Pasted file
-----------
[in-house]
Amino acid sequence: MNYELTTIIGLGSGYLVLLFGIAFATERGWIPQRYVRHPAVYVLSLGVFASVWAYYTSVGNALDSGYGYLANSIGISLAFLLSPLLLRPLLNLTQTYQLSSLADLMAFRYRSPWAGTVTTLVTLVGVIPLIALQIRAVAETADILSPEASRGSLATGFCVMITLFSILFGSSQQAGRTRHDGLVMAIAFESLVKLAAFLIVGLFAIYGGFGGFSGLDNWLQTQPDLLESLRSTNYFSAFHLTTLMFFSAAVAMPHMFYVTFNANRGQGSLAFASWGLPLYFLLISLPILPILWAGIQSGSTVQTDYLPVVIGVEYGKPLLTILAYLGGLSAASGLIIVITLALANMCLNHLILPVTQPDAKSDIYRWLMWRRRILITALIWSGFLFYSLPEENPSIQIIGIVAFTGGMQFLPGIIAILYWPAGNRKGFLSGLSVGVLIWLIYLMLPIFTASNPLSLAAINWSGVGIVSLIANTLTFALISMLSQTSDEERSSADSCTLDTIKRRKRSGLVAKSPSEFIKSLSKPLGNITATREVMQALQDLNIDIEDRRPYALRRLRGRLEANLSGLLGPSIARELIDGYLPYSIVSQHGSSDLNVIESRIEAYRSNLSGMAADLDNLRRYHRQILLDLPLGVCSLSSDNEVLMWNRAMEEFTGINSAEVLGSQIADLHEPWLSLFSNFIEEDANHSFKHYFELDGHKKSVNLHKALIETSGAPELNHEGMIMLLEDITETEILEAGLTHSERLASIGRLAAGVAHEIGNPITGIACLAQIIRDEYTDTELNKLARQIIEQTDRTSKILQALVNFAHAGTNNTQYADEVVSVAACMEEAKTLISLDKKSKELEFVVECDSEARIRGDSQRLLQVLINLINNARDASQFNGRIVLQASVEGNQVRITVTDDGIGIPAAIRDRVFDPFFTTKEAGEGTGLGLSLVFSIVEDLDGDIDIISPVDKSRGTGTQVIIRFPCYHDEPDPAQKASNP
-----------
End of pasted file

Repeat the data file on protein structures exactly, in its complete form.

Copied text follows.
[in-house]
Amino acid sequence: MNYELTTIIGLGSGYLVLLFGIAFATERGWIPQRYVRHPAVYVLSLGVFASVWAYYTSVGNALDSGYGYLANSIGISLAFLLSPLLLRPLLNLTQTYQLSSLADLMAFRYRSPWAGTVTTLVTLVGVIPLIALQIRAVAETADILSPEASRGSLATGFCVMITLFSILFGSSQQAGRTRHDGLVMAIAFESLVKLAAFLIVGLFAIYGGFGGFSGLDNWLQTQPDLLESLRSTNYFSAFHLTTLMFFSAAVAMPHMFYVTFNANRGQGSLAFASWGLPLYFLLISLPILPILWAGIQSGSTVQTDYLPVVIGVEYGKPLLTILAYLGGLSAASGLIIVITLALANMCLNHLILPVTQPDAKSDIYRWLMWRRRILITALIWSGFLFYSLPEENPSIQIIGIVAFTGGMQFLPGIIAILYWPAGNRKGFLSGLSVGVLIWLIYLMLPIFTASNPLSLAAINWSGVGIVSLIANTLTFALISMLSQTSDEERSSADSCTLDTIKRRKRSGLVAKSPSEFIKSLSKPLGNITATREVMQALQDLNIDIEDRRPYALRRLRGRLEANLSGLLGPSIARELIDGYLPYSIVSQHGSSDLNVIESRIEAYRSNLSGMAADLDNLRRYHRQILLDLPLGVCSLSSDNEVLMWNRAMEEFTGINSAEVLGSQIADLHEPWLSLFSNFIEEDANHSFKHYFELDGHKKSVNLHKALIETSGAPELNHEGMIMLLEDITETEILEAGLTHSERLASIGRLAAGVAHEIGNPITGIACLAQIIRDEYTDTELNKLARQIIEQTDRTSKILQALVNFAHAGTNNTQYADEVVSVAACMEEAKTLISLDKKSKELEFVVECDSEARIRGDSQRLLQVLINLINNARDASQFNGRIVLQASVEGNQVRITVTDDGIGIPAAIRDRVFDPFFTTKEAGEGTGLGLSLVFSIVEDLDGDIDIISPVDKSRGTGTQVIIRFPCYHDEPDPAQKASNP